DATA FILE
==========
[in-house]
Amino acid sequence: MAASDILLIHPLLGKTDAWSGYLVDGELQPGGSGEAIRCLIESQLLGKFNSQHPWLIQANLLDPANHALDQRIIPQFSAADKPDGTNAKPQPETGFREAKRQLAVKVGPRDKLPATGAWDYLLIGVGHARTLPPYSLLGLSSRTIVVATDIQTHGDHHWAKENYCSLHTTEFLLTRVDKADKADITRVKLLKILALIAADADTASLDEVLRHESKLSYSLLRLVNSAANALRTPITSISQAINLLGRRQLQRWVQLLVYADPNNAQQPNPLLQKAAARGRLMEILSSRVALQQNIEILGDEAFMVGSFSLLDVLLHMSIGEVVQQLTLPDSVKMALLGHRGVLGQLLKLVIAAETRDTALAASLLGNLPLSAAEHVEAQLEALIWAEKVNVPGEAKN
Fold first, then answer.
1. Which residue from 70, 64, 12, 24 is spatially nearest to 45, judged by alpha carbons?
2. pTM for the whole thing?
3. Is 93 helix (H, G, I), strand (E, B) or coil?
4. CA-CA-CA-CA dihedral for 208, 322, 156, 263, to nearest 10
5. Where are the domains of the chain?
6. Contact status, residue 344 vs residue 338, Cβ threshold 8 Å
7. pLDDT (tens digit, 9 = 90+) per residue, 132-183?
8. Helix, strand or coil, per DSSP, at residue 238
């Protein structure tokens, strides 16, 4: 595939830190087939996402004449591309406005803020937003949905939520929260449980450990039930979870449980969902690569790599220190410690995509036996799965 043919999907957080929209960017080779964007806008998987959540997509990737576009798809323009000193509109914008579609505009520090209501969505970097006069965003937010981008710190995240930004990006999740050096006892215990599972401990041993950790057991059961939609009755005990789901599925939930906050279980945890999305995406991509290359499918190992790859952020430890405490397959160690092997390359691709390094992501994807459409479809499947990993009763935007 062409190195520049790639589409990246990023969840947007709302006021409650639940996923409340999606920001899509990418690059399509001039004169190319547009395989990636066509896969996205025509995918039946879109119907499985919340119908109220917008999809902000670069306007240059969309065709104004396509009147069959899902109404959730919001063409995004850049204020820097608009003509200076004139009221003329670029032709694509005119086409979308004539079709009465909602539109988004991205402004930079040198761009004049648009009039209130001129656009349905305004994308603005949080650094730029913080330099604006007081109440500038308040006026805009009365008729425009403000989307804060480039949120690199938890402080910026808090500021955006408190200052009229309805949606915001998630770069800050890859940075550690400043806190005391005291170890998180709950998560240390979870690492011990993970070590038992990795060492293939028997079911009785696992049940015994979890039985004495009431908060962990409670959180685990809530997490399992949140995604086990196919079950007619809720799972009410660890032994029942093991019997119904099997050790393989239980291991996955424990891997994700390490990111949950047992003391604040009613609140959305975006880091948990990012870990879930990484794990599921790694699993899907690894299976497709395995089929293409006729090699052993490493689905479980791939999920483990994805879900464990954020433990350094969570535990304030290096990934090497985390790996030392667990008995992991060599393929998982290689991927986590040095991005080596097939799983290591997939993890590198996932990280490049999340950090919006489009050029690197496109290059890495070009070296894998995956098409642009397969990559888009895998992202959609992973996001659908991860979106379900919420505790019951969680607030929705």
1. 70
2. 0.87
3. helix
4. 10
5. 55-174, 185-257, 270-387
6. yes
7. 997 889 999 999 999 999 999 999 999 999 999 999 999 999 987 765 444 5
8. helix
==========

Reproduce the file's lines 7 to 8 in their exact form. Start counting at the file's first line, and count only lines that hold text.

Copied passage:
4. CA-CA-CA-CA dihedral for 208, 322, 156, 263, to nearest 10
5. Where are the domains of the chain?